Other State Department officials questioned the spokesman’s interpretation.
The vote at the General Assembly came as no surprise to U. S. officials. It was anticipated that the resolution to seat Pe
king might eke out a narrow margin of two or three votes.
It was the first time in 20 years that supporters of Peking had won a majority, and many U.N. diplomats believed it foreshadowed seating of Communist China within two years.
Last year the vote was 48 In favor and 56 against, with 21 abstentions. The closest previous vote was a 47-47 tie in 1965.
This year Canada and Italy had extended diplomatic recognition to Peking, and their new policy was reflected in the vote.
U. S. DEPARTMENT OP COMMERCE National Weather Service (Weather Map, Pg. 1S-D)
ABILENE AND VICINITY (40-mlle radius) — Fair and a little warmer Saturday, Saturday night and Sunday. High Saturday and Sunday 80. Low Saturday night 50. Winds will be southerly 15 to 20 mph.
TEMPERATURES Frl. a.m. Frf. p.m.
40 ............. 1:00 64
41 ............. 2:00 67
39 ............. 3:00 68
38 ............. 4:00 67
35 ............. 5:00 65
35 ............. 6:00 60
32 ............. 7:00 53
36 ............. 8:00 53
50 ............. 9:00 55
58 ............ 10:00 55
61 11:00 —
64 12:00 —
High and low for 24-hours ending 9
p.m.: 69 and 29.
High and low same date last year: 63 and 28
Sunset last night: 5:36; sunrise today: 7:13; sunset tonight: 5 36.
Barometer reading at 9 p.m.: 28.17. Humidity at 9 p.m.: 37 per cent.
'Imprisoned' Girl's Dad Kills Himself
ARCADIA, Calif. (AP) - An elderly man shot himself to death Friday minutes before he was to be arraigned on ac ge of keeping his 13-year-old daughter in virtual isolation at home for her whole life, sheriff’s deputies said.
Clark Wiley, 70, was found at his home here with a .38-caliber bullet wound in his head about the same time his estranged wife was entering a plea of inno-
West Point Cadet Over Shoe Shine
WASHINGTON (AP) - The case of a cadet who was bounced out of West Point for saying he had shined his shoes when he hadn’t was brought to light Friday by Rep. William R. Anderson, D-Tenn.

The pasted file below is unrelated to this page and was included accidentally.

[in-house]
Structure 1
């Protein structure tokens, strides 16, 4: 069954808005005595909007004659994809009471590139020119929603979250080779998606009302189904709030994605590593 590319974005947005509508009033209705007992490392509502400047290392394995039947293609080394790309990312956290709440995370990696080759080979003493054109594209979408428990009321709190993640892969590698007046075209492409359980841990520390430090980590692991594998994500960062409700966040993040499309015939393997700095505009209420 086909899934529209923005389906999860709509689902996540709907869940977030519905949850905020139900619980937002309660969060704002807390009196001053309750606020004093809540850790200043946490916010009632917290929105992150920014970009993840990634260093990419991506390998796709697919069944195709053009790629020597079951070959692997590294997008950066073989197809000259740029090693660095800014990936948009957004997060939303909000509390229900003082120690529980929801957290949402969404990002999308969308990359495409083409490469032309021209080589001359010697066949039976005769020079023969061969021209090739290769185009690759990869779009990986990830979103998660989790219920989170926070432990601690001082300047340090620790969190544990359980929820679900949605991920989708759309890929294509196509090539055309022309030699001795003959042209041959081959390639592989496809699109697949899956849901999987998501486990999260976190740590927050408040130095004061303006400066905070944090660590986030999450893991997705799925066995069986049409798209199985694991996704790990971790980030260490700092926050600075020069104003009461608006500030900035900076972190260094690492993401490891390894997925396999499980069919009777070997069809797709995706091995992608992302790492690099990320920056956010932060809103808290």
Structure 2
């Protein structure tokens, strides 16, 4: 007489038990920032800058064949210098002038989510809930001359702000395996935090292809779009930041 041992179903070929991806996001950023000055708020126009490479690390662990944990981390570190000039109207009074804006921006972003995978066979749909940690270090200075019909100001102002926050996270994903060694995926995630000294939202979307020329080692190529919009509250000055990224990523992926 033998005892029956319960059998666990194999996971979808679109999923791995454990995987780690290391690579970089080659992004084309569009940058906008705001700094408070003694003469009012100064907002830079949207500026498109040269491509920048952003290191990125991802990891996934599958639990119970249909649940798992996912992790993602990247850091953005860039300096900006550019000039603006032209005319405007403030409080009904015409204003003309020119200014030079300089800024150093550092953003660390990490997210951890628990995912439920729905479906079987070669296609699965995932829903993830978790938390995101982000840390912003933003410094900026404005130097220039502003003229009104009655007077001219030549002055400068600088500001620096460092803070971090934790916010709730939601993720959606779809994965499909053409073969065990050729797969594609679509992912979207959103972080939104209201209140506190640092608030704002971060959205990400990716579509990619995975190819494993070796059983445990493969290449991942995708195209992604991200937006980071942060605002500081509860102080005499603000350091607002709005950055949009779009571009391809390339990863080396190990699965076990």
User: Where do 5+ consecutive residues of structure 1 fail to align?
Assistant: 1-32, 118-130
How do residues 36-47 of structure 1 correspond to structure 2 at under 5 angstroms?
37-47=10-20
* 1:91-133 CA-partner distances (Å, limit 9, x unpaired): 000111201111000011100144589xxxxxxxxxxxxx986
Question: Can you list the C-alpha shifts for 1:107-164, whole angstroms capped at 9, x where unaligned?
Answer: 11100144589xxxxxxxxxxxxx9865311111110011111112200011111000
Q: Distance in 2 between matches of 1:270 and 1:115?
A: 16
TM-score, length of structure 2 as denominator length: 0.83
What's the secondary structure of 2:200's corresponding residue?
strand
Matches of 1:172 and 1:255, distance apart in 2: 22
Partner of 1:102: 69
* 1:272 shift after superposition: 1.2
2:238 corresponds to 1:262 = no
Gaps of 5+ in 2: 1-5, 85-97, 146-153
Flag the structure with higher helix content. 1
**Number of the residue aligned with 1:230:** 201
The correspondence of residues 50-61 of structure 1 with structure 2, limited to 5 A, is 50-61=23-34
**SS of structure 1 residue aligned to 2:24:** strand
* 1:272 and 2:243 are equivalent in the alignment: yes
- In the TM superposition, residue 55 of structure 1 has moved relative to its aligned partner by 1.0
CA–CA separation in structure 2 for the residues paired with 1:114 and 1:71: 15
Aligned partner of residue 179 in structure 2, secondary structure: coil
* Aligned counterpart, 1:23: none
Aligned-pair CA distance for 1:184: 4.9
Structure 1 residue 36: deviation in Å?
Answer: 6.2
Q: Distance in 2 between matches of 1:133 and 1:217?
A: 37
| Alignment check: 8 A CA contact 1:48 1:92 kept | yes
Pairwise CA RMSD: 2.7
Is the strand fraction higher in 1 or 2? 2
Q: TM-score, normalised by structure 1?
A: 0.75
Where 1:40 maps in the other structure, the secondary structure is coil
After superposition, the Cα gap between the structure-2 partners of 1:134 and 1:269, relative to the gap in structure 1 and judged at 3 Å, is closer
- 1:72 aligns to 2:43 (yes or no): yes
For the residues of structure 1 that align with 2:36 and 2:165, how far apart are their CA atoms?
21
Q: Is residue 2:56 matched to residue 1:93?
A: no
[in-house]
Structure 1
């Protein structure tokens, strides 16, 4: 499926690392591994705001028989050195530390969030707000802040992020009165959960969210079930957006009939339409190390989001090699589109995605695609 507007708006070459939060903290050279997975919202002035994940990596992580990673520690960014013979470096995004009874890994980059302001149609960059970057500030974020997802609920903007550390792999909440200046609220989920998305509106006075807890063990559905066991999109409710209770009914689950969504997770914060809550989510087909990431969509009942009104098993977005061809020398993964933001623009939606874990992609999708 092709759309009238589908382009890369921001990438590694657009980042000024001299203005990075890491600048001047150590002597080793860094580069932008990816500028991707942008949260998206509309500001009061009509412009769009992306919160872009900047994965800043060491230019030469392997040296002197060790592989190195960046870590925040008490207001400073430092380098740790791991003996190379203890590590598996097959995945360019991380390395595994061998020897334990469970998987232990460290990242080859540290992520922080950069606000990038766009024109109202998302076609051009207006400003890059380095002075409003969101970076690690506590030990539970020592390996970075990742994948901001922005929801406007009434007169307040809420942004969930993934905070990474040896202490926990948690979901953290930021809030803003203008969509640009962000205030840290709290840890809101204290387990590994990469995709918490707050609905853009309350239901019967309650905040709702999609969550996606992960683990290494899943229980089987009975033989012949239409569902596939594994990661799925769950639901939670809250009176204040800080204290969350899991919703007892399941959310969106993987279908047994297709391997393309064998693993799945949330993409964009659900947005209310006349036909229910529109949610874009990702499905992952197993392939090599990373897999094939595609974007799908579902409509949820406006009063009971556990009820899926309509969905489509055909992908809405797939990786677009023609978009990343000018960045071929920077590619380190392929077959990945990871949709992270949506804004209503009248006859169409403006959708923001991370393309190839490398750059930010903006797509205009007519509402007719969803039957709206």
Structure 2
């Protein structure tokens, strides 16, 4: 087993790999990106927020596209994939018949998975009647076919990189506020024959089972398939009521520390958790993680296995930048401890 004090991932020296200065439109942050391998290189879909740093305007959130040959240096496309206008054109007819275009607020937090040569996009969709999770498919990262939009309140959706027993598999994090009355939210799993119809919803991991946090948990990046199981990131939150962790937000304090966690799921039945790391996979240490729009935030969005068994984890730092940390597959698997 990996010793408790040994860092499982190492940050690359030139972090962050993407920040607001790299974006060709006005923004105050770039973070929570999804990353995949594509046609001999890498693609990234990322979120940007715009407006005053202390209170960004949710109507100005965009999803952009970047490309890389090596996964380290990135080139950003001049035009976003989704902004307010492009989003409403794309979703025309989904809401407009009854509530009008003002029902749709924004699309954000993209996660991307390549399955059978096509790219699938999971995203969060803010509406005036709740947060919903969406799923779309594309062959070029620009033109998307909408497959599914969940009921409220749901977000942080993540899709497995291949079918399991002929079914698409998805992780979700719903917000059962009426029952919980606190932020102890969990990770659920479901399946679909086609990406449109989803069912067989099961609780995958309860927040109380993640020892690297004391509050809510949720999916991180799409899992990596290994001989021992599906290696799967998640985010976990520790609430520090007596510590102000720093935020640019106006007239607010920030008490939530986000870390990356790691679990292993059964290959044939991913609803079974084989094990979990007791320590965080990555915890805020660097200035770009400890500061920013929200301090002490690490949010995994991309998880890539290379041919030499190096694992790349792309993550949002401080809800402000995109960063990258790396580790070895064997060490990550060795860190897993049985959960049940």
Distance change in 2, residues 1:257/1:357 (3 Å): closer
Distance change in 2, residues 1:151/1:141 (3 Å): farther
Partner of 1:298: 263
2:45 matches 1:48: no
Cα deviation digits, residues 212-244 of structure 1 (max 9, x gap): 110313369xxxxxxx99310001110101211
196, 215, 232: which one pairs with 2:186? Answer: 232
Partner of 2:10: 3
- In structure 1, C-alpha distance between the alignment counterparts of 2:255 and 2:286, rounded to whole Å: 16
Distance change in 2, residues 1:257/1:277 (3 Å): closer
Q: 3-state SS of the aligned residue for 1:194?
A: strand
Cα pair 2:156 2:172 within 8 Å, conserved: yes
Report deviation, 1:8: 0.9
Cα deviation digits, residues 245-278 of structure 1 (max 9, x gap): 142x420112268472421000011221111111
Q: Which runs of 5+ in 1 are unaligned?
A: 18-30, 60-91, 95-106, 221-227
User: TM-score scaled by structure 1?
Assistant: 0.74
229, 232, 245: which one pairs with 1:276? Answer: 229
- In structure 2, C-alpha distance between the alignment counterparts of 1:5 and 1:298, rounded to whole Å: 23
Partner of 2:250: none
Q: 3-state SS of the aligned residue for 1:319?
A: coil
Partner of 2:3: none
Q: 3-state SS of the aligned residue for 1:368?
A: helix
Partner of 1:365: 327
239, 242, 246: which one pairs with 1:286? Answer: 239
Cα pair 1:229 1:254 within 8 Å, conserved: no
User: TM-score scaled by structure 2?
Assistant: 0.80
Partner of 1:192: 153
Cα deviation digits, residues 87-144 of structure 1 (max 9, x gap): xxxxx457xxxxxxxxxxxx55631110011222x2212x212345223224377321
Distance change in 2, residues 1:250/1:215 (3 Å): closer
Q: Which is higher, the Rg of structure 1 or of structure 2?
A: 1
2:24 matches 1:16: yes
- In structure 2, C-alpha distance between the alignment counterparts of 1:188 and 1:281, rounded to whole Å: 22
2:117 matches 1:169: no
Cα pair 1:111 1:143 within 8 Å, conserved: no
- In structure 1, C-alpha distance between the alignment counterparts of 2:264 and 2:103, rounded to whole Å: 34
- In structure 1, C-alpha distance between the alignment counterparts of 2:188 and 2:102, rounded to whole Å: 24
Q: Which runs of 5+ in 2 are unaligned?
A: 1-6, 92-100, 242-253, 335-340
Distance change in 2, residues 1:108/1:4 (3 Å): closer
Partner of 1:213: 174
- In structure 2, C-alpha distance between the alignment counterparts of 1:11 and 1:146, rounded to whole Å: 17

Anderson Identified the cadet as William Freer Puckett, Tullahoma, Tenn.
In a letter to Secretary of the Army Stanley R. Resor, Anderson asked that Puckett be reinstated “in the name of simple and honest justice.”
This is what happened, Anderson told Resor:
The cadet, standing for a noon meal formation, was asked by an upper classman when he had last shined his shoes. Puckett replied he had shined them the nigh* before.
Three hours later, Anderson
said, the cadet realized he had broken the academy’s code of honor since he actually had shined his shoes two days earlier.
Whereupon he reported his transgression to the proper authority.
“He was brought before the Honor Board and again repeated the incident, admitting he had said he shined his shoes ‘last night’ when actually he had not shined the shoes since a couple of days prior to that,” Anderson told Resor.
“The result: He was given the alternative of resigning or being dismissed, and was shipped home.”
Anderson said this seems to him “a fuzzy kind of honor to hold up to the nation as an example of military procedure.”
Anderson said the young man’s dismissal contrasts with some other incidents involving Army personnel and procedure.
For instance, he said, the very day he was called by Puckett’s parents, West Point honored Gen. Nguyen Cao Ky, vice president of South Vietnam.
Anderson, who recently exposed conditions at Con Son prison in that country, said Ky “represents a government which represses its political dissenters with brutal arrests, torture and imprisonment” under inhumane conditions.
“Yet West Point honors this man and dishonors a young American cadet because of a simple mistake which he tried to rectify as soon as he reflected upon it.”
cent in nearby Alhambra Municipal Court on a charge of felony child abuse.
Wiley was to have been taken to court by his son John, 18, and two friends. They arrived at Wiley’s home and Wiley asked them to go out and buy some doughnuts. When they returned, they heard a noise that sounded like a gunshot and discovered the body, authorities said. They said a note found nearby said “John will understand.”
The couple’s daughter Susan, still wearing diapers, is undergoing treatment at Children’s Hospital in Los Angeles. Doctors say her lifelong confinement is the reason she “can only make mumbling sounds in her throat,” has partially withered muscles in her arms and legs and walks with a stooped shuffle “like an old person.” Wiley’s wife Irene, 50, had left her husband Nov. I, taking the child with her. Susan was admitted to the hospital three days later and when a social worker brought the case to the attention of authorities, the parents were arrested.
After his arrest, Wiley told newsmen he was “burning to tell the story,” but his attorney advised him to remain silent until a hearing.
When Mrs. Wiley was arraigned, she hadn’t heard of her husband’s death.
“I was informed about it after she entered her plea,” said the woman’s public defender, Kenneth Spring. “She was visibly shaken but didn’t break down. She just sat there silent. She was in shock, I think.” ,